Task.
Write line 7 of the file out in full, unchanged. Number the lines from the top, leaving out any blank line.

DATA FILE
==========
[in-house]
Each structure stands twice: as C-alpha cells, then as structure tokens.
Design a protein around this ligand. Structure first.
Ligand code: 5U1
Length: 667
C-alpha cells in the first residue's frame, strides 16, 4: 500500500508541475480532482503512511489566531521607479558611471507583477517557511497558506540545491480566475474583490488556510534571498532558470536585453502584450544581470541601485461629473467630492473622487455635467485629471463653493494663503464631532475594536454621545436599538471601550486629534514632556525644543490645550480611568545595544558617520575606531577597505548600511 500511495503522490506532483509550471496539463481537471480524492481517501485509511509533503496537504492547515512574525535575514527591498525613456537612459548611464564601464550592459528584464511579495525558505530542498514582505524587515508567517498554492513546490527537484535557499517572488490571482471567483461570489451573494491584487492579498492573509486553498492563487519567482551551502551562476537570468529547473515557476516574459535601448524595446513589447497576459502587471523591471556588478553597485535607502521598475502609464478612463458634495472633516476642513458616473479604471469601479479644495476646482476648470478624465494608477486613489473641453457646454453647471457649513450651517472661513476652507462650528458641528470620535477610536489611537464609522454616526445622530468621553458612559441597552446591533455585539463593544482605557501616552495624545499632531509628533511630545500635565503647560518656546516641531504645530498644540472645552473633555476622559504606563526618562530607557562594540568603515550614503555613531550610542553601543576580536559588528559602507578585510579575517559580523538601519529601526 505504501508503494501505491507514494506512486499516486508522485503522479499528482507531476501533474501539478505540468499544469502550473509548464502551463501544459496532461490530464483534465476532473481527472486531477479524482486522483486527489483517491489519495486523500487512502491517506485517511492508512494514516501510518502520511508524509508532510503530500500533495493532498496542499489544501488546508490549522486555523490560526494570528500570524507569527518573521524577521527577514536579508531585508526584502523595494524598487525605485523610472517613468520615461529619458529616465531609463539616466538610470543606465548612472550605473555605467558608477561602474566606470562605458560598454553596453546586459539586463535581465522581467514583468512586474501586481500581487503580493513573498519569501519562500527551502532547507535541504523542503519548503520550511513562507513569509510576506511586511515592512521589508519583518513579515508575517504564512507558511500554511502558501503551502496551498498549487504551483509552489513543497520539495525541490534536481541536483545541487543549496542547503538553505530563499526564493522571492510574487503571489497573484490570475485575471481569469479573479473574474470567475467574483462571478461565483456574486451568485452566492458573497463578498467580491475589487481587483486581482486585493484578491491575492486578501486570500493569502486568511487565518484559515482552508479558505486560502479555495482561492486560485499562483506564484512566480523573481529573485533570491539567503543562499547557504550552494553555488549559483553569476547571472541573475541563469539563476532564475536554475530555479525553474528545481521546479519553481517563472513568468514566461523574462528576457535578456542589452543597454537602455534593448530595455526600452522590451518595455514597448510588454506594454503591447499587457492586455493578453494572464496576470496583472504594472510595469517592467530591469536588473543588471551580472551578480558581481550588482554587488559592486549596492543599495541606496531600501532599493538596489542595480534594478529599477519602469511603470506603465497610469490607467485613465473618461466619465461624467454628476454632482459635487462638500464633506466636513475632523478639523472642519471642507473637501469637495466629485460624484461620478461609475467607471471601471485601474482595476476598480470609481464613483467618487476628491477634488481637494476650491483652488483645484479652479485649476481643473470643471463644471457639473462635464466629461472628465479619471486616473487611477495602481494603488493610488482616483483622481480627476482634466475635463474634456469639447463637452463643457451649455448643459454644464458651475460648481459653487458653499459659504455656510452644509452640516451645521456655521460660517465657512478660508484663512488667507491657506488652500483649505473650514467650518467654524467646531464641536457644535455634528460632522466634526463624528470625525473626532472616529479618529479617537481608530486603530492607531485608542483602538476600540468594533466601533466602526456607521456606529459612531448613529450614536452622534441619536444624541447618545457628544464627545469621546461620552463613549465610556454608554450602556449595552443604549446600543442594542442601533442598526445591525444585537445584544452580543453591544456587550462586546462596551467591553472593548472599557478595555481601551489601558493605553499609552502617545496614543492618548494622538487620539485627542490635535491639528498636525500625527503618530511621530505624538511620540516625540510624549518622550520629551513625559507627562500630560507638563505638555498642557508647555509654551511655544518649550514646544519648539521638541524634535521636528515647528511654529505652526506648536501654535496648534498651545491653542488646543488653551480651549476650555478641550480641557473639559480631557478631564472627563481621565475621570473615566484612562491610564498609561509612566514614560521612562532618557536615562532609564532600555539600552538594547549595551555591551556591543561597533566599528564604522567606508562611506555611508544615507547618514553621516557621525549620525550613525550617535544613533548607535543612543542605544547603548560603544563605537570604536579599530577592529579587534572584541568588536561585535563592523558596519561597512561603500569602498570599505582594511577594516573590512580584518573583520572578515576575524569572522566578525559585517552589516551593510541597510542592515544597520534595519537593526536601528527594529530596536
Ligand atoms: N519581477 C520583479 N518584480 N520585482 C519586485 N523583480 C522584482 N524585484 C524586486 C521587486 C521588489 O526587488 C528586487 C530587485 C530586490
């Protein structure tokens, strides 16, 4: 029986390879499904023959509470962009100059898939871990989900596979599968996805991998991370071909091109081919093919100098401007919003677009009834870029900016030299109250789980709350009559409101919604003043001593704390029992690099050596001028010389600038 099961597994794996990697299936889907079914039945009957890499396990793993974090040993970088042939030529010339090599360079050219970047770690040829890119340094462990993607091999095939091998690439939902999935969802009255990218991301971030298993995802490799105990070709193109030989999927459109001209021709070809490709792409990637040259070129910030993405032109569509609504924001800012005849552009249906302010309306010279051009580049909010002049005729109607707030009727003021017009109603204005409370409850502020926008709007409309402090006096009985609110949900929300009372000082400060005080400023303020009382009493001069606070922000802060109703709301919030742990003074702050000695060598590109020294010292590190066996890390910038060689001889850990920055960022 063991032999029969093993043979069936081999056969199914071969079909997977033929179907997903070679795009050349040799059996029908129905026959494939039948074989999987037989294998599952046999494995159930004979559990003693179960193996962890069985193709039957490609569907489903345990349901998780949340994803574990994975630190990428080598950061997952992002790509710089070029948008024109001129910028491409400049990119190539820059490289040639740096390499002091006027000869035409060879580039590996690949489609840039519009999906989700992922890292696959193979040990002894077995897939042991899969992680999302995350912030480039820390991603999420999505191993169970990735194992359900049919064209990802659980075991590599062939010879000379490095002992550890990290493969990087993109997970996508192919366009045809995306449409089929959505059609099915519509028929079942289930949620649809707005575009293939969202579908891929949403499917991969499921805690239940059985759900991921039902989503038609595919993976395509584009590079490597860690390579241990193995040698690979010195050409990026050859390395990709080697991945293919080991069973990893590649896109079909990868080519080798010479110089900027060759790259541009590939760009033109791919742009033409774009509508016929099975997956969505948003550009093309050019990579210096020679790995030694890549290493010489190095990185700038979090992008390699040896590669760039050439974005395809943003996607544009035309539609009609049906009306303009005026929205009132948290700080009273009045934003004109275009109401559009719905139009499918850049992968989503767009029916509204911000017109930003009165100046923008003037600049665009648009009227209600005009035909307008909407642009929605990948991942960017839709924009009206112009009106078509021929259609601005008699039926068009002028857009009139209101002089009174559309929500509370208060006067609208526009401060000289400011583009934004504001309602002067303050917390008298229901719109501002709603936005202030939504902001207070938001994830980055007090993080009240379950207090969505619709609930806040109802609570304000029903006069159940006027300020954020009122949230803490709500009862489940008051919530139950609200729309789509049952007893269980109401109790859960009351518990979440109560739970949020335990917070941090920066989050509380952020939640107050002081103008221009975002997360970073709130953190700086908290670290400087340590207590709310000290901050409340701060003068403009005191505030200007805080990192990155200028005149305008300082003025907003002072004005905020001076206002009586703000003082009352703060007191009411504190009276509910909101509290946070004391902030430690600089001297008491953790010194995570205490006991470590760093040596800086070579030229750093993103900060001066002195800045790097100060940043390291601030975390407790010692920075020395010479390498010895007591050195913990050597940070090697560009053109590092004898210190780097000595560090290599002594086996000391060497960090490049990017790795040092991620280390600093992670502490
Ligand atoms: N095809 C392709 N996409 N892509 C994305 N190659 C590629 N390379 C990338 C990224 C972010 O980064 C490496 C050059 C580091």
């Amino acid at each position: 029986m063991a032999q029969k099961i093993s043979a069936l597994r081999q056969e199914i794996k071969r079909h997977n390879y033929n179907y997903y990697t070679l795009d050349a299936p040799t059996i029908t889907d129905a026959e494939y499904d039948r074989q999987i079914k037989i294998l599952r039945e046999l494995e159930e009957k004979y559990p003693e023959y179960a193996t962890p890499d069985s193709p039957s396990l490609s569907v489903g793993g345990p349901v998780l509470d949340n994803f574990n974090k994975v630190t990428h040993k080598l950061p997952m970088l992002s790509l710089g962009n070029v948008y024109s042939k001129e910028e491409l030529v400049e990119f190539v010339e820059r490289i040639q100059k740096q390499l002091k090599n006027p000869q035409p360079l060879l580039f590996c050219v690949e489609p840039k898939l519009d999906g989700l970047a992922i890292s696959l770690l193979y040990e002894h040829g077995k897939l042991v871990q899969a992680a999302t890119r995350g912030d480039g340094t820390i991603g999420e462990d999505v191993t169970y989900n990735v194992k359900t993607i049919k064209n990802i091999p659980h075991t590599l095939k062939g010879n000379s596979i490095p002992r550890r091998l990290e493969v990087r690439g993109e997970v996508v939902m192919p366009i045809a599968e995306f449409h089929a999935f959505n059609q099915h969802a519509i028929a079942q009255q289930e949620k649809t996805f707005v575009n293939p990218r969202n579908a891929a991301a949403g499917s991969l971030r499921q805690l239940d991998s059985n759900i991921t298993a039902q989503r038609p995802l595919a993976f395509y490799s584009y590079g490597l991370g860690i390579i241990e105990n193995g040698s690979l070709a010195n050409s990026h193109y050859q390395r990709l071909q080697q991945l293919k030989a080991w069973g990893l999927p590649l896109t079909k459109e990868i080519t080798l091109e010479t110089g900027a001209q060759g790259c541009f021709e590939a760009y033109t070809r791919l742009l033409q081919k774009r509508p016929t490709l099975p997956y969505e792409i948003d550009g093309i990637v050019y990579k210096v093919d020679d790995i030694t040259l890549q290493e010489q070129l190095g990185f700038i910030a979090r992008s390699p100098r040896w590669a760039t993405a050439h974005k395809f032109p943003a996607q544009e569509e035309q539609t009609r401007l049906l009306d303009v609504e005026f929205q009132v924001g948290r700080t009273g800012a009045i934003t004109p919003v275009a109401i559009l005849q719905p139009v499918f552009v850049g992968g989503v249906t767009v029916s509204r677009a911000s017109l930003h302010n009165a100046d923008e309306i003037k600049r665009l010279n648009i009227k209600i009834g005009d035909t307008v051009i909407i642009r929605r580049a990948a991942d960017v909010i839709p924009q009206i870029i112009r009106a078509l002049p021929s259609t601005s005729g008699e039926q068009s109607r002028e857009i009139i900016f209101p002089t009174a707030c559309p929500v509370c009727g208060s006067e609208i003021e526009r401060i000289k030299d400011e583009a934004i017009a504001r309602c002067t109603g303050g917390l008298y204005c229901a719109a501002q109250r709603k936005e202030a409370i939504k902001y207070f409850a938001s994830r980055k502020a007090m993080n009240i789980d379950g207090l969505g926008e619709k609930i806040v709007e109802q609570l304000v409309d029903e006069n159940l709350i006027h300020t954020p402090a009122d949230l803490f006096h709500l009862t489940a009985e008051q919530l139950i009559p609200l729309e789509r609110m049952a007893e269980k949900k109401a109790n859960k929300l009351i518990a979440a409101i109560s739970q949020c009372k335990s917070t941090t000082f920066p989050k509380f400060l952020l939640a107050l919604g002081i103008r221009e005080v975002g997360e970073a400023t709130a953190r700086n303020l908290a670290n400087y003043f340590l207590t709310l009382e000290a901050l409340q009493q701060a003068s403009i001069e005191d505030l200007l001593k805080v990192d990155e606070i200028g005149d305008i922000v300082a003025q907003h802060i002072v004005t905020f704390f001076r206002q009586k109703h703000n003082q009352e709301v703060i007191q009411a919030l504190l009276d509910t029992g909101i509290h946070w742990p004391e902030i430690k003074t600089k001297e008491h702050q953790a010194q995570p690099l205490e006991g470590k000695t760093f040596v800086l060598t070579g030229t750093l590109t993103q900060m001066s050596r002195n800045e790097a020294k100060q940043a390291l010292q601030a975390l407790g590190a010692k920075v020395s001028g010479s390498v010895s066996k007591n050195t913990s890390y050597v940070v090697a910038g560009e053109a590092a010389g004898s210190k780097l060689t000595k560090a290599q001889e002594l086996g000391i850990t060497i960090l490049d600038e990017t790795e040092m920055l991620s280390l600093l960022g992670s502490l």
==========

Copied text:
Ligand atoms: N519581477 C520583479 N518584480 N520585482 C519586485 N523583480 C522584482 N524585484 C524586486 C521587486 C521588489 O526587488 C528586487 C530587485 C530586490